Mayor of Greater Manchester, Andy Burnham
Clean Air Plan Transport Clean Air Zone

Greater Manchester non-charging plan delivers cleaner air faster than charging zone, modelling shows

  • Greater Manchester ready to submit ‘compelling’ plan for clean air through £86.7m investment in transformational Bee Network, taxi upgrades and traffic flow measures
  • Preferred plan would deliver on government legal direction without putting jobs and livelihoods at risk
  • It means that no vehicle would be charged to drive in a Clean Air Zone in Greater Manchester
  • Government will ultimately decide whether Greater Manchester proceeds with investment-led plan, or a charging Clean Air Zone, but evidence shows only the investment-led plan can meet the legal deadline
  • More Bee Network benefits now being rolled out as Greater Manchester prepares to bring bus services in Oldham and Rochdale under local control from March 2024

Greater Manchester can bring air quality within legal limits without the need for – and faster than – a charging Clean Air Zone, new modelling shows.

Building on the transformational Bee Network, and using clean air funding already awarded by government, Greater Manchester’s proposal includes a £51.2m investment in zero-emission electric buses for the Bee Network, £30.5m to fund grants for cleaner taxis, and £5m for measures to manage traffic flow on some roads in the centre of Manchester and Salford.

Greater Manchester’s 10 local authorities are legally directed by government to bring nitrogen dioxide within legal limits as soon as possible and by 2026 at the latest, and are preparing to submit evidence to government in December in support of their preferred investment-led, non-charging plan, benchmarked against a charging Clean Air Zone in the centre of Manchester and Salford.

Greater Manchester’s preferred plan would mean that no vehicle would be charged to drive in a Clean Air Zone in Greater Manchester. Modelling shows this would bring air quality within legal limits for nitrogen dioxide on local roads in 2025.

Modelling of a charging Clean Air Zone in the centre of Manchester and Salford shows it would not achieve compliance by 2026, failing to meet the government’s own compliance date.

It is for government to decide the measures that get the green light – Greater Manchester’s preferred investment-led, non-charging plan, or a charging Clean Air Zone.

Mayor of Greater Manchester, Andy Burnham, said:

“Cleaning up the air that people breathe is a priority for Greater Manchester and we have already started to do that through investment in the Bee Network, which saw the first buses brought back under local control in September.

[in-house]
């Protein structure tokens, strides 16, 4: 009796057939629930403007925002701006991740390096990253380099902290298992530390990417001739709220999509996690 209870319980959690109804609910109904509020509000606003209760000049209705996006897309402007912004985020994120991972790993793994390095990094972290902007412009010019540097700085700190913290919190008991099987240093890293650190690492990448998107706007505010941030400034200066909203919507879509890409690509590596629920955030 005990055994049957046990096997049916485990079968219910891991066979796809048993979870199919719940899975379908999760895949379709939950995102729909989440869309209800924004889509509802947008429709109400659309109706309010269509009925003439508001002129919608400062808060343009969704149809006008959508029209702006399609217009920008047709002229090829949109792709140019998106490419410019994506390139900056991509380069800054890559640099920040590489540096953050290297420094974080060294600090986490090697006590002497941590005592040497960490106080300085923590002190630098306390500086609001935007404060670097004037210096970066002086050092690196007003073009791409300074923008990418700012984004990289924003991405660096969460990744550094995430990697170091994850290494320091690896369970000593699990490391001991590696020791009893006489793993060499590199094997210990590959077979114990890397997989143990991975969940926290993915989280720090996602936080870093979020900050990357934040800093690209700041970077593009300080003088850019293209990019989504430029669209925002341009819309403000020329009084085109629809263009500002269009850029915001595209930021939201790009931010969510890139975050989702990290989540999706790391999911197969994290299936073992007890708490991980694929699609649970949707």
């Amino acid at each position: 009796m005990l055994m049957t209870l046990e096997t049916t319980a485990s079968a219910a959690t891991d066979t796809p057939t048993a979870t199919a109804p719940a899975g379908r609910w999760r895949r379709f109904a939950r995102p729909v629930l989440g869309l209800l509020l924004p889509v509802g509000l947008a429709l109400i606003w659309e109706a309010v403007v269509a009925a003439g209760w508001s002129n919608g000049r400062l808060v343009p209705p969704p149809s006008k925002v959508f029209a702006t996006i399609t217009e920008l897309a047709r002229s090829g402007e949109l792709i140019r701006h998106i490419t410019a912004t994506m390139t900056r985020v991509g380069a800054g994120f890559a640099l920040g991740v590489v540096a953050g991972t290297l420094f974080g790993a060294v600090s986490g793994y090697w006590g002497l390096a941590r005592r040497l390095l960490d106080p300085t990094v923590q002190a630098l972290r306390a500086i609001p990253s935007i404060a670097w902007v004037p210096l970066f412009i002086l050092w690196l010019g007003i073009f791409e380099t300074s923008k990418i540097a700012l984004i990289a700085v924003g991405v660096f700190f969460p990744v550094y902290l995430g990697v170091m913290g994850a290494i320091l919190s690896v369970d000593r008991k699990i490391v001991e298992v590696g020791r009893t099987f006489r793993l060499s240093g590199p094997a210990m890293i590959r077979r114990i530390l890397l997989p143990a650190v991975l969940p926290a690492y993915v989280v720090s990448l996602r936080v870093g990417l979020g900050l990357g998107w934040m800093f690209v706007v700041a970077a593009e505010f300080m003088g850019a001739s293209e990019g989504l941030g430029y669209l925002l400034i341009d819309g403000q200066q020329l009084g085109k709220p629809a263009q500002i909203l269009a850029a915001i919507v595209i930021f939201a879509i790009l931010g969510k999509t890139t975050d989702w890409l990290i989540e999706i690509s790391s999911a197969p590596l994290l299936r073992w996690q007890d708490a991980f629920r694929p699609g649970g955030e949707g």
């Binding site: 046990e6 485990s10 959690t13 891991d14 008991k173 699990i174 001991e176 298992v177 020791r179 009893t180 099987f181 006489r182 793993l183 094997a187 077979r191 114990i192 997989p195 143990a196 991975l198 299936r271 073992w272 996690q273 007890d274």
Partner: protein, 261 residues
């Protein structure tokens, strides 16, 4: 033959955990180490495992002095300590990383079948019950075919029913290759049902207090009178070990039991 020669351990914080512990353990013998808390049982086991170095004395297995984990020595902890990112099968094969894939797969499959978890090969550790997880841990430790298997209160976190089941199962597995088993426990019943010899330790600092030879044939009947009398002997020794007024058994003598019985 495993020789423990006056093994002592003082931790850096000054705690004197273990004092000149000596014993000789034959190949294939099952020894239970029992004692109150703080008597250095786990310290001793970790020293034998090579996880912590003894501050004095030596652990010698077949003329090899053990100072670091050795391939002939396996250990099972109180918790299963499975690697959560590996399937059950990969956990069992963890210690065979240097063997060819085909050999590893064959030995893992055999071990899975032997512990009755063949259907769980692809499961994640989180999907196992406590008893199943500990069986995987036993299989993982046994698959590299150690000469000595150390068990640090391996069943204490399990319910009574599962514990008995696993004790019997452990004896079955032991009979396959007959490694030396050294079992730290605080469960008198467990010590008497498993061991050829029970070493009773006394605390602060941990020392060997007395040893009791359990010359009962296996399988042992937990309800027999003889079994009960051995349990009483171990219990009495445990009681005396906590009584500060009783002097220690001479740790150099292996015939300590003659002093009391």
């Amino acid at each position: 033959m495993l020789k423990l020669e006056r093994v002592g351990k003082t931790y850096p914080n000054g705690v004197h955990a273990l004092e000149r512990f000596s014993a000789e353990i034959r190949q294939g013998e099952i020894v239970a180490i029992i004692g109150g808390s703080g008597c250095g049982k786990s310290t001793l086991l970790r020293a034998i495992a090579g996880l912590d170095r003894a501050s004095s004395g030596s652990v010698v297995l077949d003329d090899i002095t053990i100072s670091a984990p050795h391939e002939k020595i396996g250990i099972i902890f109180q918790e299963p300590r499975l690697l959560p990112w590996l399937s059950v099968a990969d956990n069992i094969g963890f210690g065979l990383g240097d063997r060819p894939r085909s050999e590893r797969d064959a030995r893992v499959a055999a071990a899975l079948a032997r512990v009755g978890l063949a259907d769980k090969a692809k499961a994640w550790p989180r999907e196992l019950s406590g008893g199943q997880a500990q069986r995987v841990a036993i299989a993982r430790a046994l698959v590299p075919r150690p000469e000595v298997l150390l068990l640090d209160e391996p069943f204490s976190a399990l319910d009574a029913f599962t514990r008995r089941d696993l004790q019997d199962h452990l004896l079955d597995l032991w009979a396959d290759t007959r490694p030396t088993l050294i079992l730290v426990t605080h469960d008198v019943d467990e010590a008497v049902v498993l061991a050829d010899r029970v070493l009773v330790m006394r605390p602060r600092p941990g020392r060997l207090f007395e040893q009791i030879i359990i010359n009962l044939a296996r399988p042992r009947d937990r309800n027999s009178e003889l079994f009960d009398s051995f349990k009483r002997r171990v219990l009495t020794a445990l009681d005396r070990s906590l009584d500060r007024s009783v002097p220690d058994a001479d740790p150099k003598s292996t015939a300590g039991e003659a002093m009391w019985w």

“By accelerating investment in the Bee Network to create a London-style integrated public transport network, and upgrading GM-licensed taxis, we can improve air quality faster than if we introduced a Clean Air Zone, and without causing hardship to our residents or businesses.

“Since the first bus services came under local control, we have listened to feedback to make improvements and deliver change and are already seeing the benefits the Bee Network brings, with more people getting on board with lower fares under a locally controlled service, with new, state-of-the-art electric buses.

“I’d also ask government to urgently consider allowing Greater Manchester local authorities to remove charging Clean Air Zone signs, as modelling shows that only Greater Manchester’s investment-led plan can meet the legal test placed on the 10 councils to deliver compliance in the shortest possible time and by 2026 at the latest.”

Bringing buses back under local control means that Greater Manchester can run the cleanest vehicles where they are most needed to tackle poor air quality and has already seen the introduction of zero-emission electric buses. At the request of government, benchmark modelling for a charging Clean Air Zone tested the potential impact on air quality of introducing charges for some non-compliant vehicles – buses, coaches, taxis, PHVs, HGVs and light goods vehicles (LGVs) – in the centre of Manchester and Salford.

GM’s non-charging plan

Details of the plans will be published this week in a report to the Greater Manchester Air Quality Administration Committee. The committee will be asked to approve the submission of Greater Manchester’s evidence to government when it meets on 20 December.

The investment-led plan includes:

  • A £51.2m investment in 64 zero-emission electric (ZEB) buses and upgrades to electric vehicle charging infrastructure at bus depots in Manchester, Bolton and Middleton. Bringing buses back under local control through the Bee Network allows Greater Manchester to run ZEBs on routes where they can have the biggest impact on improving air quality. The 64 electric buses would be in addition to the 85 currently in operation and, with 50 due to come into service in March 2024 would bring the fleet total to 199 next year. Under current plans, Greater Manchester would have 369 ZEBs operating in 2025 and 619 by the end of 2027. Greater Manchester is on target for 50% of its bus fleet to be electric by 2027, with an entirely electric fleet by 2032.